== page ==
Directives

The aims set out in the EU treaties are achieved by several types of legislative acts, including regulations, directives, recommendations and opinions, that go into more detail about the goals that the Member States have agreed on in the treaties. A "directive" is a legislative act that sets out a goal that all EU countries must achieve. However, it is up to the individual countries to decide how.[32] In the field of gender equality there are a number of joint directives:

  • the Directive on equal pay for men and women (75/117);[28]
  • the Directive on equal treatment of men and women in employment (76/207, as amended by Directive 2002/73);[38][39]
  • the Directive on equal treatment of men and women in occupational social security schemes (86/378, as amended by Directive 96/97);[40][41]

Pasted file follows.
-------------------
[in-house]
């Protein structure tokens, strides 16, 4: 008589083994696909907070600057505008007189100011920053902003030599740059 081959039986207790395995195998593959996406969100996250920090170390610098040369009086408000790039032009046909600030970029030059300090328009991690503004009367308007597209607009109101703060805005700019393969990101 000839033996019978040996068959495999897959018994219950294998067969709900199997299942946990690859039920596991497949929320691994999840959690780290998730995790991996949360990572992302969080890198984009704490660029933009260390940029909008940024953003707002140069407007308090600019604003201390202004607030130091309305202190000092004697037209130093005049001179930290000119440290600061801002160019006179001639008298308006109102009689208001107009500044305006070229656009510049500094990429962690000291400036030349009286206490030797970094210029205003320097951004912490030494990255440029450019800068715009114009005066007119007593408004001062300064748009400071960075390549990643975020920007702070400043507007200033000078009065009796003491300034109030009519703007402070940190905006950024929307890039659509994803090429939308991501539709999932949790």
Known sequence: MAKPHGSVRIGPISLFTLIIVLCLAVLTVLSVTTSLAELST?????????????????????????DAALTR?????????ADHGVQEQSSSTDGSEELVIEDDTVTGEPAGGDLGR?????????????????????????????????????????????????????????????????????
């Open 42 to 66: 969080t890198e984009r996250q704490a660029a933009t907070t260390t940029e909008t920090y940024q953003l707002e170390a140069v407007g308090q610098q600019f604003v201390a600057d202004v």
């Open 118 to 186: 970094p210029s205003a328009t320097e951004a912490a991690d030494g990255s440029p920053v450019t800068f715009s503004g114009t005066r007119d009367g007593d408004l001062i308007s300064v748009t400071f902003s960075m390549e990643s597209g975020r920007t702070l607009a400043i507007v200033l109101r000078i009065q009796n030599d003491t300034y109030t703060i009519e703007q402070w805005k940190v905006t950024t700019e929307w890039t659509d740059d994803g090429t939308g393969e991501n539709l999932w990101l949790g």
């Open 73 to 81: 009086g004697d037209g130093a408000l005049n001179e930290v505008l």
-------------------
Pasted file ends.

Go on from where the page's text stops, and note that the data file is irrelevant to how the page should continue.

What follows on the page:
• the Directive on the burden of proof, generally establishing that the burden of proof in cases of sex discrimination lies on the employer (97/80);[42]

The Recast Directive had to be implemented by 15 August 2008 and the directives which are brought together in this Directive (Directives 75/117; 76/207, as amended by Directive 2002/73; 86/378, as amended by Directive 96/97; and 97/80) were repealed one year later (Article 34).

See also

References

  1. See: Europa website. "Equality between men and women". Retrieved 17 September 2012.
  2. See: European Commission. "Gender Equality". Retrieved 17 September 2012.
  3. Gender Kompetenz Zentrum. "History of Gender Mainstreaming at international level and at EU level". Retrieved 26 September 2012.